Las Vegas Raiders: 50 greatest players in franchise history

A video board displays an Al Davis quote (Photo by Ethan Miller/Getty Images)
A video board displays an Al Davis quote (Photo by Ethan Miller/Getty Images) /
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Tim Brown, Los Angeles Raiders
(Photo by Otto Greule Jr/Allsport/Getty Images) /

Few NFL franchises have as proud of history as the Las Vegas Raiders. You simply cannot tell the story of the NFL without several mentions of the Silver and Black, and the well-traveled Raiders.

Founded back in 1960 as one of the charter teams in the AFL, the Raiders have won three Super Bowls and one AFL championship. This team has sent several players into the Pro Football Hall of Fame on their time spent with the Silver and Black alone.

Besides having an elite fan base and the best uniforms in the NFL, it really comes down to the guys on the field. Whether it has been through drafting, trading or signing in free agency, the Raiders have boarded dozens of outstanding players over the years on their awesome rocking ship.

The purpose of this list is to separate the good from the better from the best. This exercise was extremely difficult because as many as 75 men could have made the cut.

Here are the 50 greatest players in Raiders history. You will see a few players still active with the team, so this list will almost certainly change in the years to come.

Honorable Mentions: Don Mosebar, Richard Seymour, Rod Martin, Tom Keating, Greg Townsend, Kent McCloughan, Darrell Russell, Vann McElroy, Derrick Burgess, Rod Woodson, Ronnie Lott, Barret Robbins, Billy Cannon, Jeff Gossett, Jeff Jaeger, Dan Birdwell, Archie Matsos, Bill Pickel, Tommy Morrow, Michael Crabtree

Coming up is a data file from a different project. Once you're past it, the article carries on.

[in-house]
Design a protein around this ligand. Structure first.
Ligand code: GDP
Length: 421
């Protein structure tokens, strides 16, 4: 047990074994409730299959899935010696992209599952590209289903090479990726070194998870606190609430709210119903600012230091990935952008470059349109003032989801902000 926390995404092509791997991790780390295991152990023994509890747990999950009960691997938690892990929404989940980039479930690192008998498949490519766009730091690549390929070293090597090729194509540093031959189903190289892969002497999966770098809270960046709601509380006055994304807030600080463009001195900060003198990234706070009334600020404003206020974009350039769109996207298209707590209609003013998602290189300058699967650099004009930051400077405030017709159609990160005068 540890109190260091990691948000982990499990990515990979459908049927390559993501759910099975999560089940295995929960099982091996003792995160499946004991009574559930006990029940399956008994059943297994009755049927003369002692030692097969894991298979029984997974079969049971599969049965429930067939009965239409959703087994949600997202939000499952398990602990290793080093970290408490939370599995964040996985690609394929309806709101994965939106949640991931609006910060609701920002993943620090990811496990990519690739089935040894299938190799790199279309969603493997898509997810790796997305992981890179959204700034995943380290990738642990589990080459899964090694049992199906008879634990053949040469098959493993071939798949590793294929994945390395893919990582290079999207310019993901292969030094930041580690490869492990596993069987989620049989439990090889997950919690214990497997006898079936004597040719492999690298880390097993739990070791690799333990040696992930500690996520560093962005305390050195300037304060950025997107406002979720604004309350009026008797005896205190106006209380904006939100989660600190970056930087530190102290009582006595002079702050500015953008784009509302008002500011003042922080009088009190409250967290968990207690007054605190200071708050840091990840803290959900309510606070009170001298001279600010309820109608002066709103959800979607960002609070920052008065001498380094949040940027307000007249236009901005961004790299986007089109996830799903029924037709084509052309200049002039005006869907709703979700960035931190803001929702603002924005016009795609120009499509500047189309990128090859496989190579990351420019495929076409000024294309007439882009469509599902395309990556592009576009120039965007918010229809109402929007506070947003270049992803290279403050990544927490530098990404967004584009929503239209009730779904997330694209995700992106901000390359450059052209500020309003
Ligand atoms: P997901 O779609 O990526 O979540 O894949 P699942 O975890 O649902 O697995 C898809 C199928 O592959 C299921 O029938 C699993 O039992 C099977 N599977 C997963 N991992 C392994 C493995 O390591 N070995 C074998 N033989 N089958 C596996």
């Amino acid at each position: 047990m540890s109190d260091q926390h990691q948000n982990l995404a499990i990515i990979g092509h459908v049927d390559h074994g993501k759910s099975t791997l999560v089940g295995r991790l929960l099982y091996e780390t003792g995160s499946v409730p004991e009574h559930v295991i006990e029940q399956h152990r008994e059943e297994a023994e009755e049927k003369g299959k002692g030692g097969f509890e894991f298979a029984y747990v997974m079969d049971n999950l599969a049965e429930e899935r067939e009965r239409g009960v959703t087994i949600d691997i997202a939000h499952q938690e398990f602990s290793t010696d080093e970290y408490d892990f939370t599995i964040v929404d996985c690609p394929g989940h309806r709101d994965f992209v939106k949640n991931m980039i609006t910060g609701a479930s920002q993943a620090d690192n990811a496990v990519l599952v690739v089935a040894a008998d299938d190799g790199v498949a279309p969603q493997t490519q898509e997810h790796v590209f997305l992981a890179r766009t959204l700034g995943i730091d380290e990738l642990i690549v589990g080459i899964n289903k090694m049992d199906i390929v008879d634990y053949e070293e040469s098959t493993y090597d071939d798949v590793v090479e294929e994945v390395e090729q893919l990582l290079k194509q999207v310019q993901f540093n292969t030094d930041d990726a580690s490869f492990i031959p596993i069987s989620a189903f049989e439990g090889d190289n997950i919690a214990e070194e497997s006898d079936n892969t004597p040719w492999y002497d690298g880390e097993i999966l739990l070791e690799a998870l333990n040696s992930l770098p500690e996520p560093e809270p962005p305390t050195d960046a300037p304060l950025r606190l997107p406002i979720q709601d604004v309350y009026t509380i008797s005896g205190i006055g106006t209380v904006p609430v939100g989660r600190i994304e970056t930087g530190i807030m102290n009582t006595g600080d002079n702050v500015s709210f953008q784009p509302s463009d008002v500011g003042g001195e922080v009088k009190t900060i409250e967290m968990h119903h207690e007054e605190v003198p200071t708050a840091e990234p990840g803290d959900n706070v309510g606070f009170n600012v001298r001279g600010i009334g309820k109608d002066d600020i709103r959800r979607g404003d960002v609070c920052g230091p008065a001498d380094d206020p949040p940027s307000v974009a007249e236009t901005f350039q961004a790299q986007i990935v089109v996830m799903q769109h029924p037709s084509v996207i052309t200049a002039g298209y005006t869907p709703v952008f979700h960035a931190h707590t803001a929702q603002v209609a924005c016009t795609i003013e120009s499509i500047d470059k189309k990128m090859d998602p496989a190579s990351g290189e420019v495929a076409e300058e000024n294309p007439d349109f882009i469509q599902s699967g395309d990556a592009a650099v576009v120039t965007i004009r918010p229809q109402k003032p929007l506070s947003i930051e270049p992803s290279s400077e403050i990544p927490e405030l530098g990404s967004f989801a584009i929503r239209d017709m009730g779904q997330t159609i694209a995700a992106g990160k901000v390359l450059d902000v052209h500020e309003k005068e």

George Blanda. 50. player. 28. . K. Kentucky Wildcats

In totality, George Blanda will go down as one of the most versatile players in NFL history. The guy played forever, a record-setting 26 NFL seasons for that matter. Blanda played for three of the greatest coaches in football history during his 30-year career in the pros and in college with the Kentucky Wildcats: Paul “Bear” Bryant, George Halas, and John Madden.

So it should come as no surprise that Blanda was a first-ballot Pro Football Hall of Famer in 1981. After a 26-year career split between the Chicago Bears (1949-58), the then Houston Oilers (1960-66), and the Raiders (1967-75), the former standout quarterback/placekicker would earn Canton enshrinement. His classmates include Red Badgro, Willie Davis, and Jim Ringo.

So why isn’t Blanda up hire on this all-time list for the Raiders? Well, that would be because he was used primarily as a placekicker while with the Silver and Black. He would earn an AFL All-Star Game nod in his first year with the Raiders in 1967 but only attempted 235 career passes in his nine seasons in the Bay Area.

While his time with the Raiders ultimately helped him punch his ticket to the Hall of Fame, he was a more iconic player when he was with the Bears and Oilers.

Overall, Blanda made four trips to league All-Star Games, earning All-League honors once with the 1961 Oilers. He was the Player of the Year that season in Houston. Blanda would be named Man of the Year in the NFL in 1975.

In total, Blanda made 156 of his 249 field goal attempts for the Raiders. Simply put, he gave tremendous credibility to the growing importance of placekicking in the NFL. Though better with Chicago and Houston, Blanda was still really good for the Raiders.